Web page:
In the next few chapters she details her relationship with Muriel, a schizophrenic white lesbian. Muriel used to work the same job as her, and "wrote poetry," a euphemism for being a lesbian that is used for a few chapters. Much of their relationship was sustained through poetry and literature, both things they wrote or things they borrowed or stole to share. She also reflects on a terrible job she had as a "secretary" to an insufferable female accountant. As her relationship with Muriel gets more and more serious, the job becomes the worst part of her life, and the chapter culminates in her being fired for trying to take off to spend a day with her lover.
Lorde's former roommate, Rhea, was a progressive white woman who liked having affairs with men in her political circle and tried to pretend she didn't know her roommate was gay. Audre would have parties with her lesbian friends while Rhea was out with a man, and apparently didn't tell Rhea about them. Though Rhea was progressive, she frequently said that gay rights were not part of the political movement, which seemed to have a big effect on alienating Audre from the progressive movement. Rhea decides to move out to pursue a political job in Chicago, and shortly before leaving discovers Audre and Muriel in bed together. She cries over this, and Audre wonders if she is crying for the fact that Audre is gay, or the fact that her gay roommate is happier in love than her.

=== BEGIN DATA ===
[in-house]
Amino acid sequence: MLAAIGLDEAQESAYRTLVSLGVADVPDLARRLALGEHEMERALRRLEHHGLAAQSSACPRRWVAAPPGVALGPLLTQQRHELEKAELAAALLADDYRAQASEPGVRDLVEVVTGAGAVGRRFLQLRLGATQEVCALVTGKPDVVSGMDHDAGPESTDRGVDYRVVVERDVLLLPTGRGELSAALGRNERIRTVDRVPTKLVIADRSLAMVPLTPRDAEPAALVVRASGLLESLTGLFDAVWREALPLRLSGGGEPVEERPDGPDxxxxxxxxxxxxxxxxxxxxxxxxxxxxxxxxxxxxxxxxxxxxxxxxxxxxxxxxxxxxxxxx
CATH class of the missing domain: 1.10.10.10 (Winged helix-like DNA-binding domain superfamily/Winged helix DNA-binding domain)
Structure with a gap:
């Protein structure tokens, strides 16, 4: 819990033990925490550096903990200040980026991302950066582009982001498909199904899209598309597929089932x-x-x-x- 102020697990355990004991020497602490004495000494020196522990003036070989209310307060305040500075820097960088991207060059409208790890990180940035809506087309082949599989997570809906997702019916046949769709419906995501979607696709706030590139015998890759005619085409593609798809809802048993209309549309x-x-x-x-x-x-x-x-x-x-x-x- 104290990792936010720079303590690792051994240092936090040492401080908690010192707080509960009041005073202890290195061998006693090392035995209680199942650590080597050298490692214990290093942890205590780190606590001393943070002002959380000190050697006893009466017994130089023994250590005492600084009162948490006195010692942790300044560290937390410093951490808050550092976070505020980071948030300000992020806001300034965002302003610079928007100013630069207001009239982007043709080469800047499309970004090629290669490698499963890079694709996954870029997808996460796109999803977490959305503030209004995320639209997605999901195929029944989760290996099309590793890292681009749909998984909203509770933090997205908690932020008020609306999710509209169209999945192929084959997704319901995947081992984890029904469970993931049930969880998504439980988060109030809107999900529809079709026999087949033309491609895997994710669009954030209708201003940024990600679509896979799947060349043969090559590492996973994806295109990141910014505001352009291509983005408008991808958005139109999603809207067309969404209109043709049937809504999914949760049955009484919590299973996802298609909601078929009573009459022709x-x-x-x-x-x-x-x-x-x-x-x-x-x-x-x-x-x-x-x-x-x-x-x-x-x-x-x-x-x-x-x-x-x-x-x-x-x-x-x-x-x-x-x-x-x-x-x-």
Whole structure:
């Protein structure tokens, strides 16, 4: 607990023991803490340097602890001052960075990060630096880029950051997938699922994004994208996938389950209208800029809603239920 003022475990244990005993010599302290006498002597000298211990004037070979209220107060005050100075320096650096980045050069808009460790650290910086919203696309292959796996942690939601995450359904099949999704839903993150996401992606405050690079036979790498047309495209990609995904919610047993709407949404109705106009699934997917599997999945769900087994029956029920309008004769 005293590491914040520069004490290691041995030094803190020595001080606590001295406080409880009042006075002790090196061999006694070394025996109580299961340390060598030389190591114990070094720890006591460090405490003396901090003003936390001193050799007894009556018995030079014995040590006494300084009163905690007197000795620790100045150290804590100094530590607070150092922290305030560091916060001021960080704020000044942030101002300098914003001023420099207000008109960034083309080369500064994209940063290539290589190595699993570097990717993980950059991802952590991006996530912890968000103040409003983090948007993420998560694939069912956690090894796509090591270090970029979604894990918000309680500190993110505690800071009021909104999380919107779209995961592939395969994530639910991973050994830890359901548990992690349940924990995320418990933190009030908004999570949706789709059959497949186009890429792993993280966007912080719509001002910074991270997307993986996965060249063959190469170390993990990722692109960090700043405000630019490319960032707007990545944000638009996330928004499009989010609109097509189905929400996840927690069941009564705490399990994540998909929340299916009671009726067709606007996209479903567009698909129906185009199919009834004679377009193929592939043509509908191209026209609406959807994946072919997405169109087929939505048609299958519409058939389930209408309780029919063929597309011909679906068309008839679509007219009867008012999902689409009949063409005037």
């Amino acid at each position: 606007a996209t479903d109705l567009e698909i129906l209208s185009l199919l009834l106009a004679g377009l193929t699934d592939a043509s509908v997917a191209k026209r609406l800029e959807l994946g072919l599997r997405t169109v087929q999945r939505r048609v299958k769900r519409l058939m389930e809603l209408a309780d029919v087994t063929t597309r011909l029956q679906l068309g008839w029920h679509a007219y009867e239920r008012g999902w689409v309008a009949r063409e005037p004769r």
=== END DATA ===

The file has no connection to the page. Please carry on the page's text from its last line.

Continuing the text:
The next chapter revolves around the different intersectionalities of Muriel and Audre. Audre is Black and lesbian, Muriel is mentally disabled and a lesbian. Muriel insists that all lesbians are "niggers" for how they are treated by mainstream society. Audre demonstrates through her narration that she doesn't agree with this, but doesn't argue because she can understand why Muriel thinks that. Audre also seems to let Muriel have her way in arguments because she doesn't want to upset her schizophrenia, which I feel has some problematic elements to it. Audre sees some of the "gaps" forming in the relationship, but her joy at being in love and living with a lover make her want to insist that love will fix everything wrong in their lives.
In the last chapter of the excerpt, a mutual friend of Audre and Muriel's came to live with them, Lynn. After some time and much discussing, they decide to attempt a polyamorous relationship. Audre talks about how revolutionary they felt about this since no one talked or wrote about it. They had to establish their own rules and boundaries with nothing to guide them. Eventually, though it was never spoken about, everyone came to realize that Lynn was just the visitor, the guest star in a threesome as opposed to an equal participant in a triad. The chapter ends with Audre and Muriel coming home to find that Lynn had left and taken their entire savings and the house keys with her.